As night fell on the impoverished neighborhood at 33rd and South Benton Avenue, squad cars and an ambulance blocked the street. Flashing red lights reflected off the locked windows of nearby homes. But no television reporters hovered with cameras and notepads.
"The TV camera people weren't there at the scene," says Josephine Nash, Sherman's older sister. "I figured that they should have been." Nash has her own ideas about why her brother's violent death wasn't newsworthy. "Usually they would have something on the news about a murder like this. But it's just another black person shot down by another black person, and they just don't care. It happens every day."
Sherman's murder was briefly mentioned in a couple of paragraphs in the Monday Metropolitan Digest of The Kansas City Star, and again in a later story about a rash of recent murders. His Memorial Day weekend funeral, which was attended by 1,100 people, went unnoticed by local media. The Reverend Samuel Williams, who officiated at the service, isn't surprised.
"If this heinous crime would have happened in Overland Park or North Kansas City or anyplace outside the inner city, there would have been more coverage," says Williams, "and there would be a more detailed search to find the people who did this."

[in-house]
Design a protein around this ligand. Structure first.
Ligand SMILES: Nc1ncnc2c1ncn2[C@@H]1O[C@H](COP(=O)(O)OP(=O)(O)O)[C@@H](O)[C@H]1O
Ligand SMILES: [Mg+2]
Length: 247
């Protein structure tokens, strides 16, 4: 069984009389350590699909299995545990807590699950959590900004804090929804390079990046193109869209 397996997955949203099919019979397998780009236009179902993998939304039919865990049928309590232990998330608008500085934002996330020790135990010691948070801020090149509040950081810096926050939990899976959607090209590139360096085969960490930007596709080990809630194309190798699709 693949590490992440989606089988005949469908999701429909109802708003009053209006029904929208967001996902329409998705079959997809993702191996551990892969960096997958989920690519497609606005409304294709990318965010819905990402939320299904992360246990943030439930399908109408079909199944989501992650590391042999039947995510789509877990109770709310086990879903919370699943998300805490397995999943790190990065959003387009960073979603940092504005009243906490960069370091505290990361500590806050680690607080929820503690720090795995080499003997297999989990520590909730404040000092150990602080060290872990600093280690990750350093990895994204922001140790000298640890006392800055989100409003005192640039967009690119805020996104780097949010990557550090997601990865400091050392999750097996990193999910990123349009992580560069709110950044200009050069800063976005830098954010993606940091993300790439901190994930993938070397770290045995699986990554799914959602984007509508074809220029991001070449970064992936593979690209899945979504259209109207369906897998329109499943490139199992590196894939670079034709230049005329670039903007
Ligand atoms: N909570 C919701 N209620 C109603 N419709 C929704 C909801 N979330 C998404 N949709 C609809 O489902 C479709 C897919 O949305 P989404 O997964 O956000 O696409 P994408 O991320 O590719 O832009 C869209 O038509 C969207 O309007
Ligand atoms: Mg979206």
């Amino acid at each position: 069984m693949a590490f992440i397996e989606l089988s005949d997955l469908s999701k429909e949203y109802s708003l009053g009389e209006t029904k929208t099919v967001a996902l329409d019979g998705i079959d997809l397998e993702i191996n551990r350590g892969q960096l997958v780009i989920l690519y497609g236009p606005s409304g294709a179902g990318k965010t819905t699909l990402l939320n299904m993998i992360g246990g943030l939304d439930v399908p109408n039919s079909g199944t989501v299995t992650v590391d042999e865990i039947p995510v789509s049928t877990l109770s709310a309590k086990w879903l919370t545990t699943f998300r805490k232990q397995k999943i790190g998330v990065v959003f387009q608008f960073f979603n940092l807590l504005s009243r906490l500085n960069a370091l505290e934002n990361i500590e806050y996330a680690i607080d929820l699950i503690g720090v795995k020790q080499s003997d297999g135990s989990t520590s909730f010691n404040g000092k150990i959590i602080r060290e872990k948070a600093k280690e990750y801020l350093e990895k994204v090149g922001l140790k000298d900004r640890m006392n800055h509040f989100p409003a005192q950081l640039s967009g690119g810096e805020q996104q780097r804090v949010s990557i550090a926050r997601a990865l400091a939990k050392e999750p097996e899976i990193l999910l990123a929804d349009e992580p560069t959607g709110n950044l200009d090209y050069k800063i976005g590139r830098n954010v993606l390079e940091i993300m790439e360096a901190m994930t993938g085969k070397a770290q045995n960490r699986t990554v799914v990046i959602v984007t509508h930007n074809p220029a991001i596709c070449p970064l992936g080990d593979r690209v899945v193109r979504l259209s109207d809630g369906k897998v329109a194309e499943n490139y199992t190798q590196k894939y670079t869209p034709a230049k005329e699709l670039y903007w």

At 27th and Troost, where Williams is pastor of the nondenominational Jesus Is the Way Church, "life is cheap," he says. Williams has officiated at five funerals for black men between the ages of eighteen and 25 in the past year. He hears of violent deaths in his neighborhood every week or so but rarely sees significant news coverage.
"If there was enough pressure on the news, everyone in the neighborhood would get involved, and the police would have to take action because there would be the camera showing what's going on in the inner city," he says. But the murders can't be solved unless the community cooperates. Too often, that doesn't happen, says Williams.
Brian Bell, the police detective assigned to Sherman's murder, says he has a few leads but no suspect in custody yet. Although Bell sees little difference in the percentages of murder cases solved in the inner city as opposed to other parts of Kansas City, a crucial factor in solving such cases often is the cooperation of the family and friends of victims, he says.
"In other parts of the city, we get more cooperation. A lot of times [in the inner city], we don't get cooperation," says Bell. "I have no idea why." Bell doesn't think that inner city crimes are covered any less by local media than those in other parts of the city. "Look at the girl that was found at 59th and Kensington," he cites as an example.
For the past six weeks, local television stations and The Kansas City Star have had extensive coverage of murder victim Precious Doe, the unknown four-year-old black girl whose decapitated body was found in a wooded area in April. That case's compelling details -- horrific violence, an unidentified child as the victim and a mystery perpetrator -- gripped the attention of area newsrooms.
Detective Marcus Regan, who also works in the homicide division, agrees that many murders are not covered by local media. "We get a lot of black males eighteen to 25 years old," says Regan. "Nobody ever writes about it. But let it happen on the Plaza or in Westport, and it's going to be in the newspaper and on TV."